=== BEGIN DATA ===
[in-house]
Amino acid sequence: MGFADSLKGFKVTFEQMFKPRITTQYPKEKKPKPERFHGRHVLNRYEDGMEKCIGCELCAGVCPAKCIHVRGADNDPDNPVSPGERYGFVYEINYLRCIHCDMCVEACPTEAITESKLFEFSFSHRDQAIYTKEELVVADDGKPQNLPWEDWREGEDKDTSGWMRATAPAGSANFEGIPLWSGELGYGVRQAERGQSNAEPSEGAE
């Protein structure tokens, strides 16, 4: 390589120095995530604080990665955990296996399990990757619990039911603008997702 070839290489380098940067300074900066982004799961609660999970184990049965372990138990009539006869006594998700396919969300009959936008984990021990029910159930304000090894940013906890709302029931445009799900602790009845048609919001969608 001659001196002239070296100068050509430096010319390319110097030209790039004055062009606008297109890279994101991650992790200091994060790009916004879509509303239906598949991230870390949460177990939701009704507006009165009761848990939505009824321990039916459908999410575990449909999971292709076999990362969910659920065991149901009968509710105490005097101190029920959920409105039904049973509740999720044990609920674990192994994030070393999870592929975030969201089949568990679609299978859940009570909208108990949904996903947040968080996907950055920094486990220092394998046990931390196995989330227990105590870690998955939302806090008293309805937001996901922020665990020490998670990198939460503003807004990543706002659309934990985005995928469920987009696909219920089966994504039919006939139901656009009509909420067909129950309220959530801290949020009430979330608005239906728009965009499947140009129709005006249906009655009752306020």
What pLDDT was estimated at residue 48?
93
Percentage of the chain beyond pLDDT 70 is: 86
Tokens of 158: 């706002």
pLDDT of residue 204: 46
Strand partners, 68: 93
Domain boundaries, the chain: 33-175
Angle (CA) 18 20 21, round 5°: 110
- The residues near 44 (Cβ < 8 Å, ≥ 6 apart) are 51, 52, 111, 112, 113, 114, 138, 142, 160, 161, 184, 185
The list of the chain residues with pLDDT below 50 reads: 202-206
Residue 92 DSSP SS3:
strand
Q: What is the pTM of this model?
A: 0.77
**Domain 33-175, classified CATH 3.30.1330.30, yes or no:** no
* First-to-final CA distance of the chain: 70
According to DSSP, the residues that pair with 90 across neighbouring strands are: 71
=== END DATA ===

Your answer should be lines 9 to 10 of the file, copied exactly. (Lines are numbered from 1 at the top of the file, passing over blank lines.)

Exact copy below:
Strand partners, 68: 93
Domain boundaries, the chain: 33-175